Anne Hudec is all artist, part historian.
She began painting as a child, but lost interest after she left school and “life took over.”
When her mother-in-law Hella Hudec gave her a nudge in the late 90s, Hudec again picked up a brush, but it wasn’t until she asked her husband Alvin, to teach her photography that her life as an artist began to take shape.
“It’s like when you’re eating a really good ice cream cone and you’ve taken the first few licks and it suddenly falls on the ground. You just started enjoying it and suddenly it’s gone,” she says. “Photography is like that to me, it’s instant gratification. But I wanted to take apart the photo and be able to enjoy it longer.”
She and her husband travel extensively, visiting Europe and Asia on a regular basis. It was in Germany and Austria where she first became enamored with statuary, taking numerous photographs and recreating them at home in her studio with water colour.
“I became fascinated. … They are part of the urban landscape in parts of Europe and people just walk by them with no recognition or thought of their beauty,” she says.
The statues she paints are between 100 and 150 years old, and she will occasionally revisit one just to find it no longer exists. “They’re stolen for their metal content. Statues worth millions are melted down for 20,000 Euros.”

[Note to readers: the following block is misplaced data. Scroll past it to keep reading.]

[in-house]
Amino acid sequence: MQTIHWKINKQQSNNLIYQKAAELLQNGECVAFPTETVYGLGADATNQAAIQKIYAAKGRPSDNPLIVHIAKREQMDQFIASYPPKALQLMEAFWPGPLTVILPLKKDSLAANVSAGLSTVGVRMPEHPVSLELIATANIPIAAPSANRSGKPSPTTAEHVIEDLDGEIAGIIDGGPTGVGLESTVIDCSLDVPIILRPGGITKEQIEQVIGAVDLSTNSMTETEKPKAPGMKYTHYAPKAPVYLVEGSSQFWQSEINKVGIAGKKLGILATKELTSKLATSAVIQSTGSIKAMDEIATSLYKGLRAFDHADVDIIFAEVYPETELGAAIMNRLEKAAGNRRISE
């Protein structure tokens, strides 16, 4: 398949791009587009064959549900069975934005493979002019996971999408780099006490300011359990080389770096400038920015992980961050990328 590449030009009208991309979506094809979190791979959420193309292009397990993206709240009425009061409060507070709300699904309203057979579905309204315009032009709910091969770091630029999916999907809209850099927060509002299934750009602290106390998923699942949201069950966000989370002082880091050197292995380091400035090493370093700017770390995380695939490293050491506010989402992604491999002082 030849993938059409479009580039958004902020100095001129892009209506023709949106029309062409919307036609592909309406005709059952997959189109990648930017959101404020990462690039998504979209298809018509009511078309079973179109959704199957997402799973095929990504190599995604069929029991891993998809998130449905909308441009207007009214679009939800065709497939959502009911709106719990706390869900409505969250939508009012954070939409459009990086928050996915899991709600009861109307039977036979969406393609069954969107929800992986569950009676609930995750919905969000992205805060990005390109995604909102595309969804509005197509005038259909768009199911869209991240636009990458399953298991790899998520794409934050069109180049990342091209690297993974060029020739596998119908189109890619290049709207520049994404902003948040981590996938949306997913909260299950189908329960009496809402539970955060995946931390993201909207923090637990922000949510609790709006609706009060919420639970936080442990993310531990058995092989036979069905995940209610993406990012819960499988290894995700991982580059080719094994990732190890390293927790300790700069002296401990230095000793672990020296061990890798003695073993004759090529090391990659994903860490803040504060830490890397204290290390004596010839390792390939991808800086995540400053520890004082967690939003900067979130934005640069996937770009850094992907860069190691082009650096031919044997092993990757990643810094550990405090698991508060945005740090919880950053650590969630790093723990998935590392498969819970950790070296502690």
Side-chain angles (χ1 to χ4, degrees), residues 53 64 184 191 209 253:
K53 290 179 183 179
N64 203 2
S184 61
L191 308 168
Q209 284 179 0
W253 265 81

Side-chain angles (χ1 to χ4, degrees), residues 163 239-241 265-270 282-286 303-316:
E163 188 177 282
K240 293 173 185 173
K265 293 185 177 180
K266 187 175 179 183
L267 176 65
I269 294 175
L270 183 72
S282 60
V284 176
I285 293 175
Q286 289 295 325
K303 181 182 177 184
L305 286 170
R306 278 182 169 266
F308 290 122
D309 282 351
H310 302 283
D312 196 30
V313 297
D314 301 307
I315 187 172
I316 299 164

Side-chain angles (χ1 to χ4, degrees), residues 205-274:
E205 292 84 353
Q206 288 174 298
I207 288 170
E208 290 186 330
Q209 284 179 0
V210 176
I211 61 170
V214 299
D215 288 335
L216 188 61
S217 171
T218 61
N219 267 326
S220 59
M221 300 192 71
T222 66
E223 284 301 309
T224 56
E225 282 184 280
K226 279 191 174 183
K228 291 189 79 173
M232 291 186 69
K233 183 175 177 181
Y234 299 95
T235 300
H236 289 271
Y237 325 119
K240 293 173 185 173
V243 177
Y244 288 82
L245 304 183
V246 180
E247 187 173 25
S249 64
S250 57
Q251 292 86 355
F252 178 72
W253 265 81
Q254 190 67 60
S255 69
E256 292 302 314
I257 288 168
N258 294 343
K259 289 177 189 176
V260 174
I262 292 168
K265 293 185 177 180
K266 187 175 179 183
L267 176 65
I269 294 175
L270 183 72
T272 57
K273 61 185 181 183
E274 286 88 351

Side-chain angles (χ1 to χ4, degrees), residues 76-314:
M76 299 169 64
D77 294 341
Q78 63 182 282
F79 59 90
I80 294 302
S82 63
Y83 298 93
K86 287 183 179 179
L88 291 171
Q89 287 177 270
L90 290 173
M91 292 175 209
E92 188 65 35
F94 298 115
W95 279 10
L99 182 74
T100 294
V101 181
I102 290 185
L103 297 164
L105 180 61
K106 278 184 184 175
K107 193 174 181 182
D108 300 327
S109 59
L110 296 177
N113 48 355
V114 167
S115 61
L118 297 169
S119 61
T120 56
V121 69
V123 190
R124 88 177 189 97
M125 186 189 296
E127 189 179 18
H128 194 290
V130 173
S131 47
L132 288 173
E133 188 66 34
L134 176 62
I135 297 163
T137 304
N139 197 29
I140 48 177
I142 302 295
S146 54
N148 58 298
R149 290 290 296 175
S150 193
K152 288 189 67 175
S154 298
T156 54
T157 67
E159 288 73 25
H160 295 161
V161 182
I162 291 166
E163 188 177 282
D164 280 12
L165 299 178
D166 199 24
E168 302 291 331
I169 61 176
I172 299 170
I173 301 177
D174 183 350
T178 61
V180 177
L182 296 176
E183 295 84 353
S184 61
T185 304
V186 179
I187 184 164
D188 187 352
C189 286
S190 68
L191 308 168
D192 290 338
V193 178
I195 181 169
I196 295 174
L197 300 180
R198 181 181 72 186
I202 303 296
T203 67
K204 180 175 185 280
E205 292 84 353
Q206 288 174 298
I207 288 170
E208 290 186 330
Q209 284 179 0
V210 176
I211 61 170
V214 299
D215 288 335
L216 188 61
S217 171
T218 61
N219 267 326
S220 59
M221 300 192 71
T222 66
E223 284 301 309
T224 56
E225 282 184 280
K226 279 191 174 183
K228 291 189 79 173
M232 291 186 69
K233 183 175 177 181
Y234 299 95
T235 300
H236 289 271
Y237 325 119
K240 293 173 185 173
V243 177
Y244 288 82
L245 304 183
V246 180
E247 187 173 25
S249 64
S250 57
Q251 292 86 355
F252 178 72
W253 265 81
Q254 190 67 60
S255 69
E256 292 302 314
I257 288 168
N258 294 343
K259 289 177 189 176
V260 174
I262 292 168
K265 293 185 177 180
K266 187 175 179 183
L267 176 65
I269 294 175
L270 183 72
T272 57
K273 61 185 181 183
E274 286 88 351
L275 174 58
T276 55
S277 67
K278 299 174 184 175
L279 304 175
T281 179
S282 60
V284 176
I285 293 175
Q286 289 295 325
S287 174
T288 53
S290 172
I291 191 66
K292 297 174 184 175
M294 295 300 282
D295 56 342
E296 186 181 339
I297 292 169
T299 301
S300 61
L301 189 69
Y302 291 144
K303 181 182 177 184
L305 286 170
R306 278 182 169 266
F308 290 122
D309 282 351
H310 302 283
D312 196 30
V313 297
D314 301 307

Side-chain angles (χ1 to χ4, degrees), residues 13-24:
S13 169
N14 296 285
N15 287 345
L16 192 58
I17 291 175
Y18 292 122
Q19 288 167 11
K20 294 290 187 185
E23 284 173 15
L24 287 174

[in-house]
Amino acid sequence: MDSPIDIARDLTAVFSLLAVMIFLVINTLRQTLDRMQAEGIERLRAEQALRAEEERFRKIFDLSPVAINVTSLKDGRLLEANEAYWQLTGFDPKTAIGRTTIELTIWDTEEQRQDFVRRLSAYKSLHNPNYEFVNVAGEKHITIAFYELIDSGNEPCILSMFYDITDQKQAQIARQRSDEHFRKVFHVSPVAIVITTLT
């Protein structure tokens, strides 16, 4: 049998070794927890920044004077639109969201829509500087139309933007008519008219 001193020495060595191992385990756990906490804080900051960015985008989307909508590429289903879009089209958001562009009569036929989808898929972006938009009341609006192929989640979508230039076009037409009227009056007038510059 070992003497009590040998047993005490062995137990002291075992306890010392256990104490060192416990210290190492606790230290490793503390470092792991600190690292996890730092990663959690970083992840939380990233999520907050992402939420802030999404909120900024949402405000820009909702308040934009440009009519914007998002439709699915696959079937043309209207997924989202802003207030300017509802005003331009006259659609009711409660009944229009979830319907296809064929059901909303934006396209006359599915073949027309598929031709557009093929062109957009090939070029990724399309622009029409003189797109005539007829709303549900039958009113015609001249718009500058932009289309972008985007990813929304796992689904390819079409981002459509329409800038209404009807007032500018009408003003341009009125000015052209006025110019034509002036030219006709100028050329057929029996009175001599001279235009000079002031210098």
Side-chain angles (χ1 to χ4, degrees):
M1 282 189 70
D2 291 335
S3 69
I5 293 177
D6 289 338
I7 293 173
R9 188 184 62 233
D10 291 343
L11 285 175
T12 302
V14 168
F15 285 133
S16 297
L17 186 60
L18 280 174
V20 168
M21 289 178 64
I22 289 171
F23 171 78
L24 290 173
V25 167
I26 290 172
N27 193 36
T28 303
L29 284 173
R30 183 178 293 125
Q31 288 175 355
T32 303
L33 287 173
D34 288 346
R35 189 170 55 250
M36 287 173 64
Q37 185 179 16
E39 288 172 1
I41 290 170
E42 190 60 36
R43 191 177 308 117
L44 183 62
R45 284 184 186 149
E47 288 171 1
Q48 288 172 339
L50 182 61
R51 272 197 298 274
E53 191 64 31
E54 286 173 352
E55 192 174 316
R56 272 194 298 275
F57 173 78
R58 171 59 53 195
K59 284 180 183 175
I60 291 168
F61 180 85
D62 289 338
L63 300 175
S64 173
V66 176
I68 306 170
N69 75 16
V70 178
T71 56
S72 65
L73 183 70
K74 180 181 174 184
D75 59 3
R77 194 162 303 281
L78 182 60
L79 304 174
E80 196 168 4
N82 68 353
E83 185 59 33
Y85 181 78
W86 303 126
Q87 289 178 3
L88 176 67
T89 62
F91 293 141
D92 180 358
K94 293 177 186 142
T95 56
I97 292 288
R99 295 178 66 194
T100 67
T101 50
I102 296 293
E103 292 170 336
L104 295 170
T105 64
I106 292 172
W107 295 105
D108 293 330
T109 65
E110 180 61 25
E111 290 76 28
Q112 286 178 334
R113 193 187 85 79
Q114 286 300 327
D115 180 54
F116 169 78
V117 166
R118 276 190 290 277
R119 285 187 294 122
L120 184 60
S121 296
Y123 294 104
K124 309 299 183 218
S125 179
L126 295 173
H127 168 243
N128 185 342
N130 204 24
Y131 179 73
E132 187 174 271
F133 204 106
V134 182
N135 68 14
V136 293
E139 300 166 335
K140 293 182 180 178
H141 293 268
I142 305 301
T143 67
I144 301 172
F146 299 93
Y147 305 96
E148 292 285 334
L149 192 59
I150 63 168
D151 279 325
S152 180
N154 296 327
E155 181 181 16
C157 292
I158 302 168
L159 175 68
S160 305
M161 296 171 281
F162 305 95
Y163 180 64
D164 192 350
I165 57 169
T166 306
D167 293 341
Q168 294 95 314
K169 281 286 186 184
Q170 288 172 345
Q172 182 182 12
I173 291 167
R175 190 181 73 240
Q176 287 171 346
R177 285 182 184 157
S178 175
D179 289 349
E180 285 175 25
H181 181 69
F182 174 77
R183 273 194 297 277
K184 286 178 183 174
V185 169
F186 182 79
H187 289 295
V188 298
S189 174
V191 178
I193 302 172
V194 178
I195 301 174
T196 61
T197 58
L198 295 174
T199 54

The statues show human emotions as well as the wear of time. “Their age is part of their beauty,” Hudec says.
She works from her photographs until she achieves a certain point, then puts the photos away and works more intuitively. She takes as much as 150 hours to create the lifelike water colour images, capturing the patina of time and the nuances of shadow and light.
“It’s a constant rollercoaster ride all through the painting. It’s like raising a child. The teen years, you are struggling and are out of sync and some days you’re ready to throw in the towel. Then everything begins to come together,” she says.
“With water colour it’s a difficult thing to push and pull paint because what you’re doing is having to lift paint off and smooth edges, or use cool and warm colours to cause parts of the face to recede. But that’s the joy of it, the process, that’s the enjoyable part. That’s maybe why I spend so much time on them,” she says with a laugh.
Learn more about Anne Hudec’s work at annehudec.com.